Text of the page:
Kung Fu Weapons Training
by Bob Ellal
“There are four major kung fu weapons: the staff, the sword, the sabre and the spear,” says Ramel Rones, disciple of Dr.Yang Jwing-Ming. “The staff was the foundation weapon of the Shaolin Temple. Thus it’s nickname ‘the father of all weapons.’”
According to Rones, the four major kung fu weapons generally are learned in a specific order in all schools. “First you learn to fight with your body—your hands and your legs. Then you learn the staff. It’s the easiest weapon to learn. It teaches you balance and coordination with something held in both hands.
“In our school we learned the sabre next. The sabre is called the marshal of all weapons. Now the kung fu weapons training become more difficult. You have to learn to coordinate both hands together—the one holding the sabre and the one that is empty. This is how you judge if someone is good with a single-hand weapon—by the balance exhibited in the empty hand.”
Normally sword training would come next but in Dr. Yang’s school a personal weapon was selected for each student based on body type and temperament. “For me, the pi dao was the logical choice of kung fu weapons,” says Rones. The pi dao is a long-handled weapon six-and-a-half-feet in length with a long blade on the end. It’s designed to cut the horses legs from cavalry to bring the riders to the ground where they can be dispatched. “The pi dao was right for me because I’m tall with a long reach and I move smoothly. It’s very much what I’d call a ‘water weapon’—one requiring smooth, continuous movements.”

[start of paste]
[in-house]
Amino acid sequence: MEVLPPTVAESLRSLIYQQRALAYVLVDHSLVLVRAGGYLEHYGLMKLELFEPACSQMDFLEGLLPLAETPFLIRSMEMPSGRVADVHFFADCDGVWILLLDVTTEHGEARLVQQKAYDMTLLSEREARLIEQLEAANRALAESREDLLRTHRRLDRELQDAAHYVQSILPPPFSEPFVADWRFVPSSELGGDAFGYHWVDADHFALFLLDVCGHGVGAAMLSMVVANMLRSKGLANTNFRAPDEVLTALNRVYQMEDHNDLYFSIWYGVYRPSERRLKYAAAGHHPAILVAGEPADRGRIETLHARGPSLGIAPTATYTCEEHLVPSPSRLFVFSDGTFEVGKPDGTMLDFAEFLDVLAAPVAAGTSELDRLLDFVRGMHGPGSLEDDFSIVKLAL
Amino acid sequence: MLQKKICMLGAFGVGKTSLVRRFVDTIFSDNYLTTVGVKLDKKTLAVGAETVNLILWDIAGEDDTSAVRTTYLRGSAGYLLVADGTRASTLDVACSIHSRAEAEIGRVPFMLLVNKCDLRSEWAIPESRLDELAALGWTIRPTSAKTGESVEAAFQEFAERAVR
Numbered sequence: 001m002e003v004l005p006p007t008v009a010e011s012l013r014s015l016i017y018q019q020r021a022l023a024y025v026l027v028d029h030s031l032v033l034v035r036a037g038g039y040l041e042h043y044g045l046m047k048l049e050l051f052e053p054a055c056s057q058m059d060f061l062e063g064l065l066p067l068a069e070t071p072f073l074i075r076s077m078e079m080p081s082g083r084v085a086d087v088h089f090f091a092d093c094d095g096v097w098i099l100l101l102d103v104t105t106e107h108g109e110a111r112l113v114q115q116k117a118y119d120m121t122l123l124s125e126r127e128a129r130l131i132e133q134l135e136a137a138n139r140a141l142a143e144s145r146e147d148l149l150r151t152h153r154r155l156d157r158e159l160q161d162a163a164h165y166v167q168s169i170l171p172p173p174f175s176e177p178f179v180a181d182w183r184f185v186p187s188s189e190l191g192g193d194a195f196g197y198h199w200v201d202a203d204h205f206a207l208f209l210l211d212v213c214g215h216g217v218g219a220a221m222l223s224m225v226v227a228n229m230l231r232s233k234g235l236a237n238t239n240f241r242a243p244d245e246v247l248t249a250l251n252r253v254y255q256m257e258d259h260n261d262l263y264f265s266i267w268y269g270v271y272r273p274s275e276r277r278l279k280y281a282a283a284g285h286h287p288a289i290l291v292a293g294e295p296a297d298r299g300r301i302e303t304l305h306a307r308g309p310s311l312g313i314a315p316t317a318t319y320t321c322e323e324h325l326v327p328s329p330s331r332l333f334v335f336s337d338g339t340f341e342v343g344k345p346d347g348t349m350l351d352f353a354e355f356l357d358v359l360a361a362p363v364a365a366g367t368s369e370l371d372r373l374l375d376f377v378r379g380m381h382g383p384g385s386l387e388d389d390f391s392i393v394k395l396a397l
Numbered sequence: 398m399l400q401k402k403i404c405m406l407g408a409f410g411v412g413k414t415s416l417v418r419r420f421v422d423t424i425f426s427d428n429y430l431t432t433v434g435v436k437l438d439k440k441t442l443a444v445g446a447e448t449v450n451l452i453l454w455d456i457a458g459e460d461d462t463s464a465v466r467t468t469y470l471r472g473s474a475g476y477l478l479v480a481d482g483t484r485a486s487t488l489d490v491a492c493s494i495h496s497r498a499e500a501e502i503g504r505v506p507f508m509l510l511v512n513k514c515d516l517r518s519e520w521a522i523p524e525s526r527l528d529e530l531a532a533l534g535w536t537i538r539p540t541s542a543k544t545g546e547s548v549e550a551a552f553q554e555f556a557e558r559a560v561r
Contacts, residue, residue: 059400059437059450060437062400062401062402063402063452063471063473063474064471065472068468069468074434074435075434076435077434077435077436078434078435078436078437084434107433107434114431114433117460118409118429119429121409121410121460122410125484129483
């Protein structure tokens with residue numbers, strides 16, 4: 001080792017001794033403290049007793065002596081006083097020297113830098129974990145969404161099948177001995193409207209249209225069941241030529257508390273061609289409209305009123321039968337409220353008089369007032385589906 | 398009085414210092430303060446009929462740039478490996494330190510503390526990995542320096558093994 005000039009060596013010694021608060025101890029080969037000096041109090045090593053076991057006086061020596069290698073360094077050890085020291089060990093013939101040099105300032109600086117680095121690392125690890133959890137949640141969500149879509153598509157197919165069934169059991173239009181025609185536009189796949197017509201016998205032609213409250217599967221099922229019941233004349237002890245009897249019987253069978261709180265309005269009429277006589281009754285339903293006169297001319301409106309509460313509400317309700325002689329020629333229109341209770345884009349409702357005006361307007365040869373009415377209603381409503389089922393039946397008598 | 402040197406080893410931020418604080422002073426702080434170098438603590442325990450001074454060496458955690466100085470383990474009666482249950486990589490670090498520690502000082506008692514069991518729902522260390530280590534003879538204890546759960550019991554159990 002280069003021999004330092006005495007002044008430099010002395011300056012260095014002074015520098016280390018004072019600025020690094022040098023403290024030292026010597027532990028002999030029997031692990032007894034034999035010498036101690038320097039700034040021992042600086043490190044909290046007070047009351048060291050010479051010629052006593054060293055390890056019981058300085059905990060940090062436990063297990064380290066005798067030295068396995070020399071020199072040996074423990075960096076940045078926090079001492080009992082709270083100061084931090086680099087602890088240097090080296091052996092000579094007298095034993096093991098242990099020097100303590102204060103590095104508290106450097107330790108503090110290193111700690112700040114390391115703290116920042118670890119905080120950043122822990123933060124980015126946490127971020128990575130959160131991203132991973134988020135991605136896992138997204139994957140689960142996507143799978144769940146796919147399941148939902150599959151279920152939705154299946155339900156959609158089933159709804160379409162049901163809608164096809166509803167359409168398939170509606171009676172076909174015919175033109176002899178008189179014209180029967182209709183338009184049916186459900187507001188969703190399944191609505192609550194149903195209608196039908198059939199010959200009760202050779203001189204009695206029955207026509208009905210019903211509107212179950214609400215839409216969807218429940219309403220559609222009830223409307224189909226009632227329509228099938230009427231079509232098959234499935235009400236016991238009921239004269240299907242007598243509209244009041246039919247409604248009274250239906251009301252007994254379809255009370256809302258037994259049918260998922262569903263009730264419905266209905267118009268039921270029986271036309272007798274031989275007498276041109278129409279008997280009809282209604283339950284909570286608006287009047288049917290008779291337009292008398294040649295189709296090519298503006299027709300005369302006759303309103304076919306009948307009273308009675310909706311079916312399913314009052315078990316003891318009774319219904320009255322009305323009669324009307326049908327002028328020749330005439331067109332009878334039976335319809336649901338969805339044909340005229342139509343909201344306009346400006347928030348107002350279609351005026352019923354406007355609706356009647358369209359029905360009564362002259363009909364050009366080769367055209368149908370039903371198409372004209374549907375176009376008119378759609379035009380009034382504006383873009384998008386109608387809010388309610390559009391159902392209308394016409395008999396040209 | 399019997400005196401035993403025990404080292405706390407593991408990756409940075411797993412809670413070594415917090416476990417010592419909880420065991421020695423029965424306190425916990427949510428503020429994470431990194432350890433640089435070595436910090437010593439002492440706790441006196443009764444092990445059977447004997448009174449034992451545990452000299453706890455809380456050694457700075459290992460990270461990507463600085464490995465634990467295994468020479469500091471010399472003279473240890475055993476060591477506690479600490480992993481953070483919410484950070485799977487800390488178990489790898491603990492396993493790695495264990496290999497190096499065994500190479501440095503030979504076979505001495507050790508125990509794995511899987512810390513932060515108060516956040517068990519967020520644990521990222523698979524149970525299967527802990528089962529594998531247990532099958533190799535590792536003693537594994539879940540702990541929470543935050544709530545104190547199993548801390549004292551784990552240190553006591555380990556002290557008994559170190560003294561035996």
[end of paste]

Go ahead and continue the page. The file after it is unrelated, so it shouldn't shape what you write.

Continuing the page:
The straight sword is called the “gentleman of all weapons” by the Chinese. “The narrow blade sword is my favorite of the kung fu weapons,” says Rones. “That’s because it is the most efficient and precise weapon; strikes are directed to cavities and arteries so you must know the human body well and be able to direct it there with great skill. Plus, it can counter any weapon.”
At Dr. Yang’s school many weapons are taught beyond the four major kung fu weapons. “For example, I learned two short rods and the sais as part of the white crane kung fu repetoire. As part of self-defense training we learned to use the knife and the belt as offensive and defensive weapons. During ba qua training, I became proficient in the deer hooks.
“Each style of kung fu weapons we learned had its own way of expressing power. Ba gua deer hooks use circular movements; hsing-yi moves like a cannon; white crane, like a whip.
“Eventually, I learned the spear, the ‘king of all weapons.’ It’s called that because it’s the most difficult to master.” The spear was the major military weapon in ancient times. It requires flexibility, quickness and great agility to learn.
“Besides gaining balance, coordination, and strength from kung fu weapons training, you also learn to move energy, or chi, away from your body, into your hands, and beyond. This is an invaluable skill in real fighting,” concludes Rones.
Ramel Rones is a disciple of Dr. Yang Jwing-Ming, noted master of Chinese martial arts, writer, scholar and lecturer. For over twenty years he has studied full-time with Master Yang as an in-house student, mastering Northern Shaolin, White Crane, Tai Chi Chuan, Hsing-Yi, Ba Qua, Chin Na, Chi Kung, and Kung Fu Weapons. Currently he teaches at Yang’s Martial Arts Association headquarters in Boston, Massachusetts and privately in his clinic.